To accompany their "coming out," the band also started to give occasional interviews. Earlier in the year, I attended one of their rehearsals in Brighton, and then talked to the band over a few drinks in a local pub. Following a successful day playing together, they were in an ebullient mood, easy in each other's company, sharing jokes and banter. Robinson, Panos and Smith did most of the talking, with very occasional comments from Goodland and Shearer. Robinson founded the band, and has been responsible for the post-production work on their four albums released to date. Most of the time he adopts the role of spokesman for the band, although—as the interview shows—he doesn't get things all his own way and there is much debate within the band about every aspect of its work, especially its future direction.

The band's releases to date are: The Violence of Appropriation (Junior Meat, 1999), credited to Aufgehoben No Process; Magnetic Mountain (Junior Meat, 2001), credited to Aufgehoben No Process vs Gary Smith; Anno Fauve (CD version: Riot Season, 2004; clear vinyl version: Fourier Transform, 2004), credited to Aufgehoben and the first time the shortened version of the name was used; Messidor (Holy Mountain, 2006); and Axiologue/Thermidor One Five (7" picture disc: White Denim, 2007).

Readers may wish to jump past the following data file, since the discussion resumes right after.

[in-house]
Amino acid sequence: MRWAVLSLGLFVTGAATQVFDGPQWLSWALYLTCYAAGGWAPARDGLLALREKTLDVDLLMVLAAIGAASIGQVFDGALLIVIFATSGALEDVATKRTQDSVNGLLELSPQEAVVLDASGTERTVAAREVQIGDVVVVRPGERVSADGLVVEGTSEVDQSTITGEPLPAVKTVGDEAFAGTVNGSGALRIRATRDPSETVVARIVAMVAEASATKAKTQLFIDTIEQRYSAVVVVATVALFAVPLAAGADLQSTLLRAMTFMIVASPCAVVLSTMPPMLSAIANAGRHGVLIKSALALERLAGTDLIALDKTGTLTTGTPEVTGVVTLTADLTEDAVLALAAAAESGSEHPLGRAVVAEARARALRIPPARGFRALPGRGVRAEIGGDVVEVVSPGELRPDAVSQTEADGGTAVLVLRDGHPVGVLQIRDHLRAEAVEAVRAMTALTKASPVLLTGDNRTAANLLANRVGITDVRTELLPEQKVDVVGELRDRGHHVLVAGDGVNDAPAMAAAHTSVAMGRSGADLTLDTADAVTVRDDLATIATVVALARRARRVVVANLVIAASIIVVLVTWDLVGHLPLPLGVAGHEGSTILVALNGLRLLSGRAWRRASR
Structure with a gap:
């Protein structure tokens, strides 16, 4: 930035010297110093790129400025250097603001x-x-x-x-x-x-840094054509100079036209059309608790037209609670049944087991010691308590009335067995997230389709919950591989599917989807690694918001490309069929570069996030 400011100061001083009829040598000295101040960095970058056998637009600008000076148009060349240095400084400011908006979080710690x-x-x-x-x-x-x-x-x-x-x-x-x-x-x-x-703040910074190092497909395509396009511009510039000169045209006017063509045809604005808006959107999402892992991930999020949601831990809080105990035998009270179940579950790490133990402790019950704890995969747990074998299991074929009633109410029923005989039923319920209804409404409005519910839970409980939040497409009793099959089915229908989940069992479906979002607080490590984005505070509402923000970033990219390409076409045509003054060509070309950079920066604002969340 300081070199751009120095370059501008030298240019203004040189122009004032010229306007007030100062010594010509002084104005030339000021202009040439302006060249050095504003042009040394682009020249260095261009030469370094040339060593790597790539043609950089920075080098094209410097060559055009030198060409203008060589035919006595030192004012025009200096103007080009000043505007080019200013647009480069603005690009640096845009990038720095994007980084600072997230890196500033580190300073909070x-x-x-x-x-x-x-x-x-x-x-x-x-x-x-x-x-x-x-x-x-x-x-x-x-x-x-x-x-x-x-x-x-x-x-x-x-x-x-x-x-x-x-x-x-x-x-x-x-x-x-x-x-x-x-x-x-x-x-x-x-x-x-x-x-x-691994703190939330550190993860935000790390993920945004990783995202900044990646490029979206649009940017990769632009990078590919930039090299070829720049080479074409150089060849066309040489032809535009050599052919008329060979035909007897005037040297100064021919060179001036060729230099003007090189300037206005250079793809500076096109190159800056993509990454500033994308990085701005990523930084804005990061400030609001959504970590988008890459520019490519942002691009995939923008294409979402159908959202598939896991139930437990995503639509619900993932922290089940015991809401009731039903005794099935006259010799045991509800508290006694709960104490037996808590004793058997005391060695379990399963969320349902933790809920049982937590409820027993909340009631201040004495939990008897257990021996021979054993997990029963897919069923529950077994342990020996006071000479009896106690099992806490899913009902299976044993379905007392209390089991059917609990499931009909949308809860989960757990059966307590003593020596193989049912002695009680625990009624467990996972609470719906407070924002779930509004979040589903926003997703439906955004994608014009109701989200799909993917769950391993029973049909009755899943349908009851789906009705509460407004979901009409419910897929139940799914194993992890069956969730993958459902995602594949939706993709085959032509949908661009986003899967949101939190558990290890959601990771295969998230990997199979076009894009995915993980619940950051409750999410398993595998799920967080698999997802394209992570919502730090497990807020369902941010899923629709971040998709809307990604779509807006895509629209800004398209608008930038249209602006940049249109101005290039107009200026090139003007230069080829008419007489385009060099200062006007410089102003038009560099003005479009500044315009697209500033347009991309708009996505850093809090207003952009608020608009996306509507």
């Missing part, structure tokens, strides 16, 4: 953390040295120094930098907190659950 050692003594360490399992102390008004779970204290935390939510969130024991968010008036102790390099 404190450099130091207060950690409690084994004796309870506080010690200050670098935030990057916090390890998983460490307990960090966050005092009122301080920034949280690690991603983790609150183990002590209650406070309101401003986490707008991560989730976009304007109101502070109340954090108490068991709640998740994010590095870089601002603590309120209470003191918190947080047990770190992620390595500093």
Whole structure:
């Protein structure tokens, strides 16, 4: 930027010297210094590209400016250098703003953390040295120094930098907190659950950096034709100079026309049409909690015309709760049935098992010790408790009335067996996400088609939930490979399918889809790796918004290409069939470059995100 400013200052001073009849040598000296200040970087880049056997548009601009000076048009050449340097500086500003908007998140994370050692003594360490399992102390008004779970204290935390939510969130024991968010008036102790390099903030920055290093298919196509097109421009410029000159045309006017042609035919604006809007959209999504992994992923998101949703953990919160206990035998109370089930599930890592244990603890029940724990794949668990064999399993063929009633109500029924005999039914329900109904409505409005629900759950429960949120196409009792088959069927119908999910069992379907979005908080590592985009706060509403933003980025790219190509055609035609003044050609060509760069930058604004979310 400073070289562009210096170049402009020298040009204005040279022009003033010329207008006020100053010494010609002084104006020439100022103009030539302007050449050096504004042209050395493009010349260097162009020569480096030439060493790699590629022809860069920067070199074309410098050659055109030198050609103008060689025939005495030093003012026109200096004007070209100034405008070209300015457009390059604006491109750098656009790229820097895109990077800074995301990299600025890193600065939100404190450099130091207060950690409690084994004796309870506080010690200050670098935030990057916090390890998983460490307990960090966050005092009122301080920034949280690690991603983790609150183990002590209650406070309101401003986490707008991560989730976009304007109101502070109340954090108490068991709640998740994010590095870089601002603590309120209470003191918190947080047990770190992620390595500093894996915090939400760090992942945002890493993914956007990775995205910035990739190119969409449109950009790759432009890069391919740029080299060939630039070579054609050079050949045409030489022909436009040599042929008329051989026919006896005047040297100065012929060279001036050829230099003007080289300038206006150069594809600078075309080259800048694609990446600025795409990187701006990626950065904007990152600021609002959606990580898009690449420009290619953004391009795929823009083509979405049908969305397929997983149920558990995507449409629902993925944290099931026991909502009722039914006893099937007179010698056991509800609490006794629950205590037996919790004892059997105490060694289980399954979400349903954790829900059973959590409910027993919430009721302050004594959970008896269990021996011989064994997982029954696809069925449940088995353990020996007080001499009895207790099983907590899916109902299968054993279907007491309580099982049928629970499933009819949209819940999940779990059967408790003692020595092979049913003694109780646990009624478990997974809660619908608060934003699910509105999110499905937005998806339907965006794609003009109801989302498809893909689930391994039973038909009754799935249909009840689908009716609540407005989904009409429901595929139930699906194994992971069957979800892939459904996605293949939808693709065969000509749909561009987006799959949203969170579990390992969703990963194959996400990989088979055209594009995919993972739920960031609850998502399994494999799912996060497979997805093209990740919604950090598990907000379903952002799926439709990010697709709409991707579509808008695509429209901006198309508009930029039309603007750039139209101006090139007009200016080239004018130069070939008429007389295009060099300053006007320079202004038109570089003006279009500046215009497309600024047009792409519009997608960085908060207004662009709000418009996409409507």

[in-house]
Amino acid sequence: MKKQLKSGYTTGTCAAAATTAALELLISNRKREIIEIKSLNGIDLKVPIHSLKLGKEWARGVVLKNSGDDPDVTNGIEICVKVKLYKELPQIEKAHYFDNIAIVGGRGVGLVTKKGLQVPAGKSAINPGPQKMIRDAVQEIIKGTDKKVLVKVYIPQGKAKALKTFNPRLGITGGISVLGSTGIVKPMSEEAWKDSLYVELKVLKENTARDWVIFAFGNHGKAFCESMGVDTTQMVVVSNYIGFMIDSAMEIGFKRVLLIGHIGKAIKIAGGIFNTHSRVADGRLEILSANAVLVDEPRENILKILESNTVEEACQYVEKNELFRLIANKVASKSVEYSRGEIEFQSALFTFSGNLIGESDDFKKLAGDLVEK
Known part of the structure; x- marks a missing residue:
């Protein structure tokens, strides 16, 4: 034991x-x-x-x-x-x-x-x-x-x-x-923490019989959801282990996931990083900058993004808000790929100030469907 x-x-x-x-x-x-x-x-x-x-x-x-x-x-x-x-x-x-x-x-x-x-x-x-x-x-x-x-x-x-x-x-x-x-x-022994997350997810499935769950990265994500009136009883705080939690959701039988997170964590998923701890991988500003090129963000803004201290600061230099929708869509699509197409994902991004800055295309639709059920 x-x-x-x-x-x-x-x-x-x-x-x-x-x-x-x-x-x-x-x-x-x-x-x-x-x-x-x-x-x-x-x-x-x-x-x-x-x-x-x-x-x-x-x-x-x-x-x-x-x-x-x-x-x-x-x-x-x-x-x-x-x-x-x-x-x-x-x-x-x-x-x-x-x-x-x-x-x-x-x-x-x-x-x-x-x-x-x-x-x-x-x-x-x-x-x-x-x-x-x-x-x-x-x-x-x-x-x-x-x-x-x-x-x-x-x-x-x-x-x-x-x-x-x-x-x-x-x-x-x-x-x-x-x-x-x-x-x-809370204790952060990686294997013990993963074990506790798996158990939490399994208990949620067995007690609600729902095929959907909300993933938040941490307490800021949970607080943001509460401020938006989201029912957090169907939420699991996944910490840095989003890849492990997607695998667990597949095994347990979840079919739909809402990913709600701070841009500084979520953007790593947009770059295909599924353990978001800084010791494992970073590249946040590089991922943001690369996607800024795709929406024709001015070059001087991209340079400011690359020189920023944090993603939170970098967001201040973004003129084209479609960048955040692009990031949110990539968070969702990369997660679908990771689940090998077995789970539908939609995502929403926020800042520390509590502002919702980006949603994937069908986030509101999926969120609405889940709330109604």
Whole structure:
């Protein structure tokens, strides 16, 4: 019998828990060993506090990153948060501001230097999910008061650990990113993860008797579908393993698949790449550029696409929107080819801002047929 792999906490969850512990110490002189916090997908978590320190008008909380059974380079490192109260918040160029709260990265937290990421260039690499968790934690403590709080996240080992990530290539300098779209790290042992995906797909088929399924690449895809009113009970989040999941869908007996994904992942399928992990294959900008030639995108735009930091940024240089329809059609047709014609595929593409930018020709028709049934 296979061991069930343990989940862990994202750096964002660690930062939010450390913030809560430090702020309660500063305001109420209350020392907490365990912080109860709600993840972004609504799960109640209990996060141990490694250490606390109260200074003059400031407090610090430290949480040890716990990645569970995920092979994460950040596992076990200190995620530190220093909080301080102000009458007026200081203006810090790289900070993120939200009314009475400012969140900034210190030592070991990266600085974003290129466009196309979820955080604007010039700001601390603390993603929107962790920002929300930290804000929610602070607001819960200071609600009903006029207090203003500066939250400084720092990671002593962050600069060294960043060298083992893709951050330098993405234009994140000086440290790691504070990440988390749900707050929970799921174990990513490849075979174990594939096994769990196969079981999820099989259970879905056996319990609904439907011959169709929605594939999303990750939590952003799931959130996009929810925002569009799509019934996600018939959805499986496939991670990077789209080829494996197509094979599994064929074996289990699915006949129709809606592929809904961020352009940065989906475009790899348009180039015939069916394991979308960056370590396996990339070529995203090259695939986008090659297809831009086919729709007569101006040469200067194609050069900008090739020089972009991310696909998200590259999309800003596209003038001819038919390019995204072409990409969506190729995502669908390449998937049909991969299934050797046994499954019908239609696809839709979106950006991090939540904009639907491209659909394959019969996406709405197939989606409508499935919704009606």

Two further albums have been recorded and are at differing stages of post-production. In the interview, these are referred to as Fifth and Sixth.

Chapter Index
  1. History
  2. Post-Production, Editing and Mixing
  3. Playing Together
  4. The Albums
  5. The Future
  6. Aufgehoben—Live Performances and Studio Sessions 1997-2007
  7. Meaning of the Name Aufgehoben


Stephen Robinson: When we made Magnetic Mountain, Phil had never met Gary before. I think David had met him [literally, once]. Then it was into the studio and heads down for the day.

All About Jazz: The rest of you on the first one, The Violence of Appropriation—Gary joined for the second one—it was more of a conglomerate, wasn't it?

SR: It was just a loose thing. I've known David since about '92 I think. We've done things on and off—all sorts of funny things.

David Panos: Some of the stuff you can't even hear; you don't know what's going on.

SR: We'd throw stuff together really quickly and do some live stuff with a friend of mine. We advertised for a drummer and Phil turned up. We did that sort of stuff and got it out of our system very quickly. I was playing bass. We had a funny conversation that turned out to be nothing to do with the stuff we'd got together for, and found we'd got lots of shared references, core influences on our drumming. We said, why don't we get the two kits together and see what it sounds like—David had a space in Bethnal Green. We did three sessions with just the three of us as the constant factors in that, and then anybody else who happened to be around, probably eleven or twelve other people turned up during those three sessions.